Sylvie is eager to show Ruth a valley unknown to many among the mountainous surroundings, and accessible only by boat, which sees the pair staying out all night on the lake in a leaking vessel. This striking image is an intensification of a more humorous early scene when the family home is first flooded by several inches of water. Ruth’s relative acceptance of these commonly disruptive circumstances and her growing fascination with her aunt—whom we come to see, with both empathy and concern, as a reflection of her and her own mother—is transformed into the image of the two women on the perilous waters, under the railway tracks in the dead of night.
It is in this scene, too, that the evocative use of sound is made more apparent, and creates an ambiguity that is not suggested in Robinson’s novel. When Sylvie pulls herself up, hugging the rickety skeleton of the railway bridge, we loudly hear the cross-country locomotive shuttling through Fingerbone. But we don’t see it. The sound of clanking metal on the bridge and the lapping currents against the boat are, again, a kind of amplification of the earlier scene, where the gentle bumping of metal tins and other household items bobbing in the flood water is heard as Lucille tries to sweep them into a closet to no avail.
The passing train is also suggested by the use of intermittent light, to simulate the illuminated carriage windows at night, but perhaps owing to nothing more than budget limitations and/or logistics, this key symbol of the town’s identity and the family’s history is at this moment invisible. It is now that we might question whether Ruth and Sylvie have seen a train at all, or rather if we are aware finally of a folie á deux—or less dramatically, a shared poetic sense—that has been deepening throughout the film. And then one recalls that in the novel, too, Ruth tells us that nobody in Fingerbone actually saw the famous crash.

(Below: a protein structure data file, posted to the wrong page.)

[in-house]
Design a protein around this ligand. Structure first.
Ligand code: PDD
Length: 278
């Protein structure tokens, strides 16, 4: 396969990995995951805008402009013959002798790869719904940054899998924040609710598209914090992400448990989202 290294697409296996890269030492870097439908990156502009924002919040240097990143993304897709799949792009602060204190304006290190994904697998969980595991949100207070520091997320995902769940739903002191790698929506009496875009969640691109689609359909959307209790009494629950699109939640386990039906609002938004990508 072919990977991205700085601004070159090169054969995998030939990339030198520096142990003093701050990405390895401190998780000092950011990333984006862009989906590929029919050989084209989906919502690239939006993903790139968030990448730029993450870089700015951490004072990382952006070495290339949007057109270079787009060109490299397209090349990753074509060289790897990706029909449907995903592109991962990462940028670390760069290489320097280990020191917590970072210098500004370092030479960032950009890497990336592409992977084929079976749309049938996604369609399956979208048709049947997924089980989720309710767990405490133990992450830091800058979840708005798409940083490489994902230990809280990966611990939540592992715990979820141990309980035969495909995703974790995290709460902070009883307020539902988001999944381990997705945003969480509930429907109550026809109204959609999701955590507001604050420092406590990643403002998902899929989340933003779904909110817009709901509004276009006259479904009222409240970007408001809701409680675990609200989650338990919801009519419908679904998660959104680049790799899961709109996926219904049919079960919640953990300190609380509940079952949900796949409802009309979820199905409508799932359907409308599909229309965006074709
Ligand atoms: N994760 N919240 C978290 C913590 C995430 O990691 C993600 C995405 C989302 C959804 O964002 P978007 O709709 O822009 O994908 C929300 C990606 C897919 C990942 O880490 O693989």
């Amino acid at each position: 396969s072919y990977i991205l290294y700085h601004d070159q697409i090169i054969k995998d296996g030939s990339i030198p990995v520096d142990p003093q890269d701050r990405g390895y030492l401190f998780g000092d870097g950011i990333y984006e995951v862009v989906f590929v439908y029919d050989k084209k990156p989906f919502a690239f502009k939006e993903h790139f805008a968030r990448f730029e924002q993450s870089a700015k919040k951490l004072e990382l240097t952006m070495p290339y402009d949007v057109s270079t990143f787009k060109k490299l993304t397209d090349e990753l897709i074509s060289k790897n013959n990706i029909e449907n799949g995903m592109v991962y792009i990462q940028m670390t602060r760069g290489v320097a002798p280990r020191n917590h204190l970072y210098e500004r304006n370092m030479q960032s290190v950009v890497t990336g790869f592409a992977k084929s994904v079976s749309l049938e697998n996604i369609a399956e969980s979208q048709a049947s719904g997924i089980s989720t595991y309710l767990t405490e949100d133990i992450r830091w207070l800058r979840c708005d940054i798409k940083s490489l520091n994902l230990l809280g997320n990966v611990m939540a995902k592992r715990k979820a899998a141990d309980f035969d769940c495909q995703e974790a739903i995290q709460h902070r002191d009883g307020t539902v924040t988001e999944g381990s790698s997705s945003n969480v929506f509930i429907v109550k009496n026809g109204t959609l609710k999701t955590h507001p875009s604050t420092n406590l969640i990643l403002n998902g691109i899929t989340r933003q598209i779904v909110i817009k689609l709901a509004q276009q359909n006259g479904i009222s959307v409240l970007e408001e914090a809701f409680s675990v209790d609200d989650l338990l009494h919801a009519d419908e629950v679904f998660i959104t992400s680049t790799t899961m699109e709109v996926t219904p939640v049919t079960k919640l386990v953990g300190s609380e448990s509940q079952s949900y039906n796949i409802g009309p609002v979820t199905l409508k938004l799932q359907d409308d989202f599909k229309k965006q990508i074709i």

Robinson’s prose, too, emphasises the auditory, with descriptions of the sloshes of water, and the distant sound of the ice on the lake breaking in thunderous cracks. The latter phenomenon is again presented in the film only as something beyond the screen, beyond the window of the girls’ bedroom. Lucille worries that the sound is like that of a train crashing off the bridge. Ruth assures her that it is only the ice. By now, Ruth is growing comfortable with her unusual lifestyle, living with her aunt, in a house of compulsively stacked newspapers and food cans, growing used to Sylvie’s odd habits.
The sound of ice breaking is, then, both comforting and unsettling. Getting to know their wayward aunt, uncovering some of the mysteries of their past, learning more about themselves and the women they are starting to become places new stresses on the girls’ precarious young lives. The way in which the past haunts the present and the consequent difficulties of intimacy between people are ideas that Robinson would return to in her following three novels, Gilead, Home and Lila, all set in the town of Gilead. In these stories, everyday gestures, words and apparently unremarkable objects are again invested with a miraculous quality. In doing this, Robinson avoids the prophetic visions of her first novel, and brings the books closer in feel to Forsyth’s subtle, moving adaptation—suggesting that Forsyth had indeed grasped from the start the underlying poetic qualities that make Robinson’s prose so affecting.